Saturday, April 26, 2014


Last week, Steph and I spent a handful of days in Ann Arbor, where the temperatures were in the mid-70s and the woods were colorful with blooming wildflowers.

Here and there, deer bones from years past poked through sun-parched grass and fallen beech leaves.

The first two photographs depict the same deer skeleton, seen at the Matthaei Botanical Gardens. They are the bones of a doe I found there last March, whose foot had been stuck in a guyline. The third photo is a squirrel-chewed deer jaw, spotted at the Nan Weston Nature Preserve.

Here in Marquette, the snow is mostly gone. Ice is still on Lake Superior and the temperatures have not climbed much higher than the mid-40s. Needless to say, we are more than ready for spring.

Thursday, April 3, 2014

The Thaw Before the Storm

After a week of above-freezing temperatures, the colossal snowbanks along the side streets and highways are starting to subside. In their wake they leave a winter's worth of accumulated sand, trash, car parts, and dead animals that have, until now, been encased in snow and ice. It's an ugly time of year, with the filthy road grime and brown snow, but it's also a wonderful time of year: it's early spring, the ground is thawing, and the ice on Lake Superior is melting away.

In typical Upper Peninsula fashion, of course, a snowstorm is barreling toward us now. Early April always seems to bring one last hurrah for winter in the form of several inches of heavy snow, only to have it melt within a day or two of falling.

On my way to work this morning, I spotted something that was very-white against the very-brown snowbank alongside the highway. It took me a moment to realize that what I saw was a snowshoe hare, in its winter pelage. I'd never seen a white snowshoe hare before, and soon I was doubling back to retrieve it. Though it appeared to be a fresh hit, it wasn't. The body had been entombed in the snowbank for some time: it was slightly squished, a little bit freeze-dried, and stuck to the ice upon which it rested.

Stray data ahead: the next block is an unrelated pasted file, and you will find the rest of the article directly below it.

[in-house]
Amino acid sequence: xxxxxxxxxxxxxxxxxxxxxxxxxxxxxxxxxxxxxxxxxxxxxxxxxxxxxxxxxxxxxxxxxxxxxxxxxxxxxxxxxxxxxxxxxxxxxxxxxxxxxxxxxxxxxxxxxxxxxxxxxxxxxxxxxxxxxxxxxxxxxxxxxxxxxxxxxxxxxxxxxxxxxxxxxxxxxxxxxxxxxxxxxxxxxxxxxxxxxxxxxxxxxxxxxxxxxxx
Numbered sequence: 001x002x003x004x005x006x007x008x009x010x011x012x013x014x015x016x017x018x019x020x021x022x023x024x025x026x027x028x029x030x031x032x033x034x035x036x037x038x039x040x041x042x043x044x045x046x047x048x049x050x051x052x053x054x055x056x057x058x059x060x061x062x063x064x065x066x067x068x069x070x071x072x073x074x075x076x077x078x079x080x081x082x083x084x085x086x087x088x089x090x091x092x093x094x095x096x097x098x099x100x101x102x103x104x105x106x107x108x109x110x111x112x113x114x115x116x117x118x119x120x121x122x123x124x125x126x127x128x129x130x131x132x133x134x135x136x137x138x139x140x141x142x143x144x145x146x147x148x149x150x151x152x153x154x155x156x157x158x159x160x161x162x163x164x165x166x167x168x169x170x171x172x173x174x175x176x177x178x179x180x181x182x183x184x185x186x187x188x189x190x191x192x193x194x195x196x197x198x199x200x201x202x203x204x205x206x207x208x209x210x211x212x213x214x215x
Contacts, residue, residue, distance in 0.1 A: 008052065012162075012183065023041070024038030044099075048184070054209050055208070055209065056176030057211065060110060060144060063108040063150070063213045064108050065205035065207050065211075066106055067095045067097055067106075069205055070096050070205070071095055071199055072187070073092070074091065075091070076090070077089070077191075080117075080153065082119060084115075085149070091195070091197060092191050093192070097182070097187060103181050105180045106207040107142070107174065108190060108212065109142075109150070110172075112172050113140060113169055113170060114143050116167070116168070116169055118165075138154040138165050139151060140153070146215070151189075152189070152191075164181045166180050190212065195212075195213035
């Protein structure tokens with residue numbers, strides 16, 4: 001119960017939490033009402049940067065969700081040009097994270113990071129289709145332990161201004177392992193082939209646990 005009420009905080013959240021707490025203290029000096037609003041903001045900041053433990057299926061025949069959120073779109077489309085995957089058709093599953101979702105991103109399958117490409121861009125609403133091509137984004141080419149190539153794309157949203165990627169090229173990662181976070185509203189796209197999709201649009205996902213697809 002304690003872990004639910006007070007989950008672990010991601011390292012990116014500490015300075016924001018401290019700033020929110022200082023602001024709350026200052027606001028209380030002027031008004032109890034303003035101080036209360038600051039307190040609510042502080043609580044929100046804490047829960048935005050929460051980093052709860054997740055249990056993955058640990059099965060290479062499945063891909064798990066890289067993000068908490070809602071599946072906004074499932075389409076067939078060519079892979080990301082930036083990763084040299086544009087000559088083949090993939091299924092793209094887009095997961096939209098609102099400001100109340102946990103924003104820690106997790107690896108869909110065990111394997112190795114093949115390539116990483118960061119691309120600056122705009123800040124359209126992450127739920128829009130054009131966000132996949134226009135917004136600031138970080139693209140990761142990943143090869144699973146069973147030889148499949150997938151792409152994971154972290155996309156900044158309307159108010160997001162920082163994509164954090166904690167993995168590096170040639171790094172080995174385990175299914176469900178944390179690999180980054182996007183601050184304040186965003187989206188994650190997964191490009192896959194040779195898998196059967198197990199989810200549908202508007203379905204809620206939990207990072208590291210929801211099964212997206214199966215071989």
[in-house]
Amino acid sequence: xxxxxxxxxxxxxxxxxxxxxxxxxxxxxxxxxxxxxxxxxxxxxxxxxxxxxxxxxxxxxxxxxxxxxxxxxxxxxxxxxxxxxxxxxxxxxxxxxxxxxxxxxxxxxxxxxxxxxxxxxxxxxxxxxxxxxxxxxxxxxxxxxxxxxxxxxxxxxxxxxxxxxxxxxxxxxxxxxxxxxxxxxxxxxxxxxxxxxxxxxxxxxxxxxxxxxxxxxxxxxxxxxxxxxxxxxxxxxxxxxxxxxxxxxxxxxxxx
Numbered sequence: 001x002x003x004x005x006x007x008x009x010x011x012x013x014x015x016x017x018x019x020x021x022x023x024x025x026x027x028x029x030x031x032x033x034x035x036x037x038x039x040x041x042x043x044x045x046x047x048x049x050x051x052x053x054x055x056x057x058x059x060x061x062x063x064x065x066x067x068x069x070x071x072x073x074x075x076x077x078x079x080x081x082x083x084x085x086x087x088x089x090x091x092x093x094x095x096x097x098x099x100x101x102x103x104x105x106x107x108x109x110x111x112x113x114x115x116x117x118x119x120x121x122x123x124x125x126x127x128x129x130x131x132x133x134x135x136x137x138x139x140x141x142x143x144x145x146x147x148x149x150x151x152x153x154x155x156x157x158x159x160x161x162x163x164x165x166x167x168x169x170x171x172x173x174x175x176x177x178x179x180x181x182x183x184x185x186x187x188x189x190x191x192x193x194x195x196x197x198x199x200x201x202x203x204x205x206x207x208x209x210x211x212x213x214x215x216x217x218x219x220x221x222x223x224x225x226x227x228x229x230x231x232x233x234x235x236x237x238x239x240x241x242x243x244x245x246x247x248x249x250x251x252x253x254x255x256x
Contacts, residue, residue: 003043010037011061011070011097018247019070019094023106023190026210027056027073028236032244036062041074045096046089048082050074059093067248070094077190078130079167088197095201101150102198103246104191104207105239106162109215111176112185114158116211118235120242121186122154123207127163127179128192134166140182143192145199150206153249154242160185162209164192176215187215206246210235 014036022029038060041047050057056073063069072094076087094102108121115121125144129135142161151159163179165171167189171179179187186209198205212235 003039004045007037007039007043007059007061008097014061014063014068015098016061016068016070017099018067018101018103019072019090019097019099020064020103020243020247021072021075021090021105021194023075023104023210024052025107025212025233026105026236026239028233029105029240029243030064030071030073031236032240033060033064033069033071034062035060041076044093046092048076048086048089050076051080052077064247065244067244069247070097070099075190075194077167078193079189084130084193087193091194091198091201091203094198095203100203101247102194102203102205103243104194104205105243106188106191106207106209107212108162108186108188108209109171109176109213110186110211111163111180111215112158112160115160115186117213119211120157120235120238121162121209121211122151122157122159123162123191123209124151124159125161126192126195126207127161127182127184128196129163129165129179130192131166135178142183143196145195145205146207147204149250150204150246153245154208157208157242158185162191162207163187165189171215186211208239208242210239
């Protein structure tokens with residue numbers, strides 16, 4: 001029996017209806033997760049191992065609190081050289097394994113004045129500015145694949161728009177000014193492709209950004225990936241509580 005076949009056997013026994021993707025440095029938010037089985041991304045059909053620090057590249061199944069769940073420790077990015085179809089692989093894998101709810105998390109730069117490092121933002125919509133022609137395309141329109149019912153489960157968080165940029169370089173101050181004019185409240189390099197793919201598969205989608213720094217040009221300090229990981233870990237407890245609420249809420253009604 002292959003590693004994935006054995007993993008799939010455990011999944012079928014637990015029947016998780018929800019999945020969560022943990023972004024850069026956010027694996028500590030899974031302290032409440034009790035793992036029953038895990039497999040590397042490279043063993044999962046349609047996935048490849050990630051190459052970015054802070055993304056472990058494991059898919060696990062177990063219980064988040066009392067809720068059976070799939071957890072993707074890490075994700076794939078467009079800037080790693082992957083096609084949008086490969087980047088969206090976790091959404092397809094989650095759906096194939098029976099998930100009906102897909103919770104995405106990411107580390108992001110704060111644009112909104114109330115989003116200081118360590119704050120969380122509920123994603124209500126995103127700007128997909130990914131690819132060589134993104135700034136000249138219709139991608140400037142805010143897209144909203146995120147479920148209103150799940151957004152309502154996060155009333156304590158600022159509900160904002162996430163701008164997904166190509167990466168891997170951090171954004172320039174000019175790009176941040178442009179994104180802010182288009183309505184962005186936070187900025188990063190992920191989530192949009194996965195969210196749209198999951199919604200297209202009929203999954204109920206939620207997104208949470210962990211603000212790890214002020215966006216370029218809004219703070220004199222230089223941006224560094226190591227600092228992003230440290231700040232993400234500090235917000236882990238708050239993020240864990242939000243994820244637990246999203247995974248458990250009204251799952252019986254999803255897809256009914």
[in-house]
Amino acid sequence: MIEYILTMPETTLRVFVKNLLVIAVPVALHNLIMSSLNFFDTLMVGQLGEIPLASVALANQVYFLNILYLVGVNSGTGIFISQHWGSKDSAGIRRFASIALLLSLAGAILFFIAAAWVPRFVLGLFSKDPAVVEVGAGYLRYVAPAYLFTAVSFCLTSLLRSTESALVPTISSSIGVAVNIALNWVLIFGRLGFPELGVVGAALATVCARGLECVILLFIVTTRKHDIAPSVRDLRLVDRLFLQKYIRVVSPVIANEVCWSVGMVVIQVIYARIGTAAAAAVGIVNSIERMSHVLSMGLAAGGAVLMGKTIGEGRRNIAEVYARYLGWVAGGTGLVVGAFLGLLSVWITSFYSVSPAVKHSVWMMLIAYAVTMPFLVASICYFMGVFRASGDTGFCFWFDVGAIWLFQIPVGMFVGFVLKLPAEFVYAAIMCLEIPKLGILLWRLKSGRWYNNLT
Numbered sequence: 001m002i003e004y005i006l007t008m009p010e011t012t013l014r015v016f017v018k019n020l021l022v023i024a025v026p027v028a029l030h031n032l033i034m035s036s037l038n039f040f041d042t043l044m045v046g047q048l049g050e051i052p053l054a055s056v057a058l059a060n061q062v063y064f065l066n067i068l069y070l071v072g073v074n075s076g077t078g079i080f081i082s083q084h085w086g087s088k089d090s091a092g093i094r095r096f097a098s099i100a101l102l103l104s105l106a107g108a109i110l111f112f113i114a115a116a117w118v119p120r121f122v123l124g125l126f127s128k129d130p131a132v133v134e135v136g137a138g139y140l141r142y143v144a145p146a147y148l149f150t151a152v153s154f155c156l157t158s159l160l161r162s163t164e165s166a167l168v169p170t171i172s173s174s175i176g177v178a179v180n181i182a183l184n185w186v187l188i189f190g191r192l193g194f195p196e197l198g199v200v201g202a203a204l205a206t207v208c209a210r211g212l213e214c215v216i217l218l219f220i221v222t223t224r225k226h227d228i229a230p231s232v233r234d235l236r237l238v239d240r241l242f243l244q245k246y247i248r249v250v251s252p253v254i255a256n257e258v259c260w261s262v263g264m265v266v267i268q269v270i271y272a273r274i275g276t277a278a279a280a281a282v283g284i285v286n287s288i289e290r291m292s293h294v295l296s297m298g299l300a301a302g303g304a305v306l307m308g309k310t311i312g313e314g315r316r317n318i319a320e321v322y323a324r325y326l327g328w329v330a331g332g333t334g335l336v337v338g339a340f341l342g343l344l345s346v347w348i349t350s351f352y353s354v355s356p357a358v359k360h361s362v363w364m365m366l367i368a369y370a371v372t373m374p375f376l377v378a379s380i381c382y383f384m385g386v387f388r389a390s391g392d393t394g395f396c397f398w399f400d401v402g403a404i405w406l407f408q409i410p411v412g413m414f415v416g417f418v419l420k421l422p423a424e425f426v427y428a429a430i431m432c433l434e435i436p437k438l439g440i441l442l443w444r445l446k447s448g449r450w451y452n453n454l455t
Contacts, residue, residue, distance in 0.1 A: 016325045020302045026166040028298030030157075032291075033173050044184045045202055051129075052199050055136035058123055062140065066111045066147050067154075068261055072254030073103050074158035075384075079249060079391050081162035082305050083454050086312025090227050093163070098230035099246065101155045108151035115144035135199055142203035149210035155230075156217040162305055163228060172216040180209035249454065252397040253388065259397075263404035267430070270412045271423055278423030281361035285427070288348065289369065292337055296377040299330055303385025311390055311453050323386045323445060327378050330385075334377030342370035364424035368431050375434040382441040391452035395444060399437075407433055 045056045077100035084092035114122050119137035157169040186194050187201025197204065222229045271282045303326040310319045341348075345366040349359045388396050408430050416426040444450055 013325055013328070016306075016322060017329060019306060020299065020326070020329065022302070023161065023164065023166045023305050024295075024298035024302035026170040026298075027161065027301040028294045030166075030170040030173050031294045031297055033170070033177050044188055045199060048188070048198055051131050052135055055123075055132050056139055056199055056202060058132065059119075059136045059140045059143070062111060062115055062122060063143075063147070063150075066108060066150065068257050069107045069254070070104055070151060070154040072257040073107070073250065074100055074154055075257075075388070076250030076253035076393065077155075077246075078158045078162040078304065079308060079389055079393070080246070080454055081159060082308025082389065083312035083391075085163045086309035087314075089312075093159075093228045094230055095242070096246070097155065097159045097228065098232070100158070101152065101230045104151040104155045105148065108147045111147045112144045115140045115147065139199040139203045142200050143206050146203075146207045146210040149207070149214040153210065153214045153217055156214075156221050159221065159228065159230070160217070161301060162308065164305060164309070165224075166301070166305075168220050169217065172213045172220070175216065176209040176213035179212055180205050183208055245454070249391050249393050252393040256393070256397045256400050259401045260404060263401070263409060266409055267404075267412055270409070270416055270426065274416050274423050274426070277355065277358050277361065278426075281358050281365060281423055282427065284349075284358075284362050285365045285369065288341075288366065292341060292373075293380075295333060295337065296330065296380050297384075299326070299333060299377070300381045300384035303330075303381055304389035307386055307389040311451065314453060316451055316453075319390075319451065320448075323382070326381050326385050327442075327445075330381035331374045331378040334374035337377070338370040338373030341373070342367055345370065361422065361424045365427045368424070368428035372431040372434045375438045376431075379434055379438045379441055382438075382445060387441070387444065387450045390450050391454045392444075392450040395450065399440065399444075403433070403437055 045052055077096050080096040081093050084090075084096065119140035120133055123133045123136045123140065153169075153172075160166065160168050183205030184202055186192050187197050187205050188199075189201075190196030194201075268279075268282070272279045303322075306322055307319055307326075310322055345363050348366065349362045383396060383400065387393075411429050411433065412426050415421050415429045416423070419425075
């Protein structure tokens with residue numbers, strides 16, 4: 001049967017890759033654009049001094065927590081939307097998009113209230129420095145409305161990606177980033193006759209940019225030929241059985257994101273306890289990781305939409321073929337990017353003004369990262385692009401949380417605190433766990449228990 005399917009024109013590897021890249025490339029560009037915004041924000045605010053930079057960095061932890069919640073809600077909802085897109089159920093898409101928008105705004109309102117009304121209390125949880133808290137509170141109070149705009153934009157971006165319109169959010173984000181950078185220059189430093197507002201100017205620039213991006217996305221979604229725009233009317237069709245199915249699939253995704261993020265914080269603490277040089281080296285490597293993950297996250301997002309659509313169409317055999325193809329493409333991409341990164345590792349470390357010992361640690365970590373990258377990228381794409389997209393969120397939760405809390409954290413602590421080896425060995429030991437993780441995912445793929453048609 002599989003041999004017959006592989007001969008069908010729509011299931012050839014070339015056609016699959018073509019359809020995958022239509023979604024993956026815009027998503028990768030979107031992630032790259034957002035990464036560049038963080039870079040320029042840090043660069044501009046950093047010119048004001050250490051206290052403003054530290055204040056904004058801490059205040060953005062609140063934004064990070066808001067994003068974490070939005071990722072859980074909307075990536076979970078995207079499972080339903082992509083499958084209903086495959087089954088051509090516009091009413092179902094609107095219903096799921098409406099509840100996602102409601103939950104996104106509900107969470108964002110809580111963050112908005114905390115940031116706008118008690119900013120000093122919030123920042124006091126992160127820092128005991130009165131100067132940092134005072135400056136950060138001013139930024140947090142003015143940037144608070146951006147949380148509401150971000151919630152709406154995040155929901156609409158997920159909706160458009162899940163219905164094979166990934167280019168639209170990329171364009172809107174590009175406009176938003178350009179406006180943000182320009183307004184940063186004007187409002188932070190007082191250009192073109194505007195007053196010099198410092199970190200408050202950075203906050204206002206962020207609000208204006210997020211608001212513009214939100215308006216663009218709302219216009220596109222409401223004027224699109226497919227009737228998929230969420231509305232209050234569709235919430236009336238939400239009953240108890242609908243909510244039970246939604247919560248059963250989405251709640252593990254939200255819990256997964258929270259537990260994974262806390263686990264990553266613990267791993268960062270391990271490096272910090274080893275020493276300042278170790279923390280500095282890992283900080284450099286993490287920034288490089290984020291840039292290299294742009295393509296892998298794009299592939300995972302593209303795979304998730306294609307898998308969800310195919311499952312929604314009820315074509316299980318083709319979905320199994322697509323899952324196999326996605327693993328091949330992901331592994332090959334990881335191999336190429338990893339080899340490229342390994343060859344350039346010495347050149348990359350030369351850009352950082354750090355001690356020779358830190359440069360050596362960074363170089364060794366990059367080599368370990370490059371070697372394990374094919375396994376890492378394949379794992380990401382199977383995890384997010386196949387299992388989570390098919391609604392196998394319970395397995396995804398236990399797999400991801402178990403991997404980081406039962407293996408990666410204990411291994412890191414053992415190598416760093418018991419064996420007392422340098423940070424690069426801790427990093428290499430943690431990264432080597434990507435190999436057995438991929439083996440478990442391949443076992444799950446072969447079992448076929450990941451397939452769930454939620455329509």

The first thing that struck me, of course, was the color of the hare. I don't believe I've ever seen a white mammal in the wild before, and the fur seemed almost foreign or exotic, or like that of a domesticated animal. Its ears were small and rounded; its huge feet were covered in dense hair.

One problem I've had with photographing lagomorphs is that, overall, their bodies are very amorphous. They don't have toe pads or visible claws, their mouths are small (and frankly, kind of creepy), and their thick fur obscures the curves and angles of their musculature. For this snowshoe hare, I focused on the head and ears, as well as its large hind feet.

After I finished photographing the hare, I placed it on the riverbank as an offering for the neighborhood foxes. I feel very lucky to have seen this animal; its fur was so very clean against the dirty snowbanks, but I know that the snow that will fall tonight will be that same, bright white.